Jim Young went 8-3, 9-2 and 9-2 at Arizona and the phone rang and rang and rang. First it was Iowa. Then Tulane, Washington, Texas Tech, Illinois and Purdue.
Young might’ve taken the Iowa job, but he had only been on the job two years and told the Hawkeyes he had work to do.
He almost surely would’ve bitten on the Washington job, late in 1975, but Arizona athletic director Dave Strack wouldn’t give the Huskies permission to talk to his coach until after the ASU game.
By then Washington hired Don James.
Young finally left Tucson, with four years in the books, after Purdue offered him a 40 percent raise.
Today you do not need to clear your phone call with Greg Byrne or any other athletic director. It’s business, not football. If you want Rich Rodriguez to coach your football team, you get his agent on the phone and toss around a few decimal points.
No one in this town would say that Louisville is a football operation superior to that at Arizona. No one would say it’s a “destination job,” as Louisville athletic director Tom Jurich said Sunday.
But if Jurich calls, you answer. It’s flattering. It’s financial leverage. And it never hurts to hear the locals express their love and gratitude.
The Cardinals have an athletic department budget of $96.2 million, towering over Arizona’s modest $66.3 million. They paid their former coach, Charlie Strong $3.7 million this season. Arizona paid Rodriguez $2.25 million.
Money blurs the difference between Louisville and Arizona. Money talks so loudly that Texas hired Strong away from Louisville, even though the Longhorns have to pay Strong’s $5 million buyout.
Louisville can pay its next football coach as much as it takes. Market value? What’s that?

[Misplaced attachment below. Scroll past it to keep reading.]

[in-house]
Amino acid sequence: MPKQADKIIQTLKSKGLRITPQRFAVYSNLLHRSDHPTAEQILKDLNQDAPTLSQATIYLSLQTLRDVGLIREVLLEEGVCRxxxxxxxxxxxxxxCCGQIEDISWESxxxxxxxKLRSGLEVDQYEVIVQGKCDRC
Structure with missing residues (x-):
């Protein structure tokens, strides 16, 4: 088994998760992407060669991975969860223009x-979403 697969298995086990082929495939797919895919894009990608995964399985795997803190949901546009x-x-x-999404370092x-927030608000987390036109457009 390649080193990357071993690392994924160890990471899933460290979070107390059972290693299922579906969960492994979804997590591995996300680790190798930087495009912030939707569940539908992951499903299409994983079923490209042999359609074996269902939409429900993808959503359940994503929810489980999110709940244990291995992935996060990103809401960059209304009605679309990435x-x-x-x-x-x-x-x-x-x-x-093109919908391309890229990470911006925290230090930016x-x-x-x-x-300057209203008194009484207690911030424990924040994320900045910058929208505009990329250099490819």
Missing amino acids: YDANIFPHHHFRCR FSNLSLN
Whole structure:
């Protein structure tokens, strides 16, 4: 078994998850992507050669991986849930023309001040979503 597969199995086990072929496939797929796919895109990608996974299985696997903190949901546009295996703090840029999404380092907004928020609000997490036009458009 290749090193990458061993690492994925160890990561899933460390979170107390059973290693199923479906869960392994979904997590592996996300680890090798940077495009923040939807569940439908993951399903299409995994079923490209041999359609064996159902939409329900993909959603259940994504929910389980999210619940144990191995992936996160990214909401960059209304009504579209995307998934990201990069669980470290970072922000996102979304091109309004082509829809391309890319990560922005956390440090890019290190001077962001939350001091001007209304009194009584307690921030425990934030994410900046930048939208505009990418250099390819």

The Cardinals don’t have any more football tradition than Arizona, and probably less. Their last five head coaches have been Ron Cooper, John Smith, Bobby Petrino, Steve Kragthorpe and Strong.
Fan support? Louisville drew 46,427 at its final home game this season on a day it was 9-1 and had possibly the nation’s most-coveted NFL prospect, Teddy Bridgewater, at quarterback.
Unless you are the offensive coordinator at Clemson, or the head coach at Tulsa, you don’t go to Louisville for the football. You go for the money.
If RichRod’s first two Arizona seasons are an accurate gauge, schools with much more football clout than Louisville will look his way.
This will happen even though RichRod several times said “this is my last job” when he arrived in Tucson. Those declarations have a shelf life of about six weeks, fading into the fabric after the new coach makes the rounds at every Rotary, Kiwanis and Glee club in town.
The great unknown is whether RichRod, at 50, and his family are willing to undergo another energy-sapping, life-altering program transplant so soon, or if they prefer to play their cards, gambling that something better will pop up in 2015 or 2017.
No one asked him to stay at Arizona forever. Rather, his charge was to get Arizona back on the tracks and maybe flirt with a Rose Bowl before changing addresses. Five years? Sure. Ten? That’s too much to expect.
Larry Smith pieced together six consecutive winning seasons at Arizona in the ’80s. As soon as USC fired its coach, Ted Tollner, everyone on the football planet knew that Smith was soon going to relocate to Los Angeles.
In those long-ago days, minus social media, Smith survived the rumor mill with a minimum of awkwardness. He coached Arizona in the 1986 Aloha Bowl, adamant that he was going to finish the job.
One night, at a Honolulu hospitality suite, Smith’s wife, Cheryl, was greeted by a group of Arizona fans pleading to know the truth.
“Fight On,” she said, laughing, unable to fake it any longer.
A year later, Smith was coaching USC in the Rose Bowl game. No football coach on earth would’ve done anything else.
If Rich Rodriguez hopes to get a shot at the Big Game, it’s unlikely he’d get that shot at Louisville. What he can get there is a bigger paycheck for himself and for his assistant coaches. And what’s wrong with that?
The last Arizona football coach in a position of such prominence, Dick Tomey, was an object of Oklahoma’s 1995 search to replace coach Gary Gibbs.
But Tomey told the Sooners they had the wrong man; he recommended they call UA defensive coordinator Larry Mac Duff.
Arizona gave Tomey and his coaches a nice raise. A few years later, the Wildcats went 12-1.
In college football, the grass isn’t often greener in Tucson, but sometimes it’s green enough.